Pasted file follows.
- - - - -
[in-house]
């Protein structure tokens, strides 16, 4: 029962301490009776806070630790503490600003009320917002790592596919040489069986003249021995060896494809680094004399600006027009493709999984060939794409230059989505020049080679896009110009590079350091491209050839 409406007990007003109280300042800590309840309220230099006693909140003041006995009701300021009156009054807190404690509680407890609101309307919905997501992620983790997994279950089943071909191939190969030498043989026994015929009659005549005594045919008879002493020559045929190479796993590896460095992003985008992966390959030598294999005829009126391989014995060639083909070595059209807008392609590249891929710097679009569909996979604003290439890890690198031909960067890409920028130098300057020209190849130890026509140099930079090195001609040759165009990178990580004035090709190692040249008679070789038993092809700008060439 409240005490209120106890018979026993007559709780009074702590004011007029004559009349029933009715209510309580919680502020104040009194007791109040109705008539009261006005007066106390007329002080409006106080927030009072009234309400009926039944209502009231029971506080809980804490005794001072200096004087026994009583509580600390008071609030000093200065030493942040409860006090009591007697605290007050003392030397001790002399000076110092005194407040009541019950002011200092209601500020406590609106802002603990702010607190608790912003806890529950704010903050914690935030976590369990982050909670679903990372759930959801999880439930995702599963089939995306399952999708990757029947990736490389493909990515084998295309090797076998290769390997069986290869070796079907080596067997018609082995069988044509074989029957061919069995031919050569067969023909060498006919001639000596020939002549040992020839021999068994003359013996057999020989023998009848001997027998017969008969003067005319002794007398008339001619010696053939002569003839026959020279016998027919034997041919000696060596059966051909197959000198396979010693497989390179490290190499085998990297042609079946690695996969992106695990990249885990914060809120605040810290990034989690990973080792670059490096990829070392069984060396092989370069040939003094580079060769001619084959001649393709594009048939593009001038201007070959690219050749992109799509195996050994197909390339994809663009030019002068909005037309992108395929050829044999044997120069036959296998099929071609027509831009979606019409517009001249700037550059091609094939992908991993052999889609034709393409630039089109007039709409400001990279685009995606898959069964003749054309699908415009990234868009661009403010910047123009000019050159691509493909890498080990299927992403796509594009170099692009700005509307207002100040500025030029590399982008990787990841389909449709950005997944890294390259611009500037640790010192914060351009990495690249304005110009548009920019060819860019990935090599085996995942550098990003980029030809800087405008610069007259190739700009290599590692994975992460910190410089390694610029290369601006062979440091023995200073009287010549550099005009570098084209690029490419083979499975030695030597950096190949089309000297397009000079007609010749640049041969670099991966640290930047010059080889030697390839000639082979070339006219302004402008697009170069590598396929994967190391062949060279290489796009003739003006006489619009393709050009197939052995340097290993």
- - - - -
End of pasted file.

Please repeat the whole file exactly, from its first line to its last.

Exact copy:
[in-house]
């Protein structure tokens, strides 16, 4: 029962301490009776806070630790503490600003009320917002790592596919040489069986003249021995060896494809680094004399600006027009493709999984060939794409230059989505020049080679896009110009590079350091491209050839 409406007990007003109280300042800590309840309220230099006693909140003041006995009701300021009156009054807190404690509680407890609101309307919905997501992620983790997994279950089943071909191939190969030498043989026994015929009659005549005594045919008879002493020559045929190479796993590896460095992003985008992966390959030598294999005829009126391989014995060639083909070595059209807008392609590249891929710097679009569909996979604003290439890890690198031909960067890409920028130098300057020209190849130890026509140099930079090195001609040759165009990178990580004035090709190692040249008679070789038993092809700008060439 409240005490209120106890018979026993007559709780009074702590004011007029004559009349029933009715209510309580919680502020104040009194007791109040109705008539009261006005007066106390007329002080409006106080927030009072009234309400009926039944209502009231029971506080809980804490005794001072200096004087026994009583509580600390008071609030000093200065030493942040409860006090009591007697605290007050003392030397001790002399000076110092005194407040009541019950002011200092209601500020406590609106802002603990702010607190608790912003806890529950704010903050914690935030976590369990982050909670679903990372759930959801999880439930995702599963089939995306399952999708990757029947990736490389493909990515084998295309090797076998290769390997069986290869070796079907080596067997018609082995069988044509074989029957061919069995031919050569067969023909060498006919001639000596020939002549040992020839021999068994003359013996057999020989023998009848001997027998017969008969003067005319002794007398008339001619010696053939002569003839026959020279016998027919034997041919000696060596059966051909197959000198396979010693497989390179490290190499085998990297042609079946690695996969992106695990990249885990914060809120605040810290990034989690990973080792670059490096990829070392069984060396092989370069040939003094580079060769001619084959001649393709594009048939593009001038201007070959690219050749992109799509195996050994197909390339994809663009030019002068909005037309992108395929050829044999044997120069036959296998099929071609027509831009979606019409517009001249700037550059091609094939992908991993052999889609034709393409630039089109007039709409400001990279685009995606898959069964003749054309699908415009990234868009661009403010910047123009000019050159691509493909890498080990299927992403796509594009170099692009700005509307207002100040500025030029590399982008990787990841389909449709950005997944890294390259611009500037640790010192914060351009990495690249304005110009548009920019060819860019990935090599085996995942550098990003980029030809800087405008610069007259190739700009290599590692994975992460910190410089390694610029290369601006062979440091023995200073009287010549550099005009570098084209690029490419083979499975030695030597950096190949089309000297397009000079007609010749640049041969670099991966640290930047010059080889030697390839000639082979070339006219302004402008697009170069590598396929994967190391062949060279290489796009003739003006006489619009393709050009197939052995340097290993």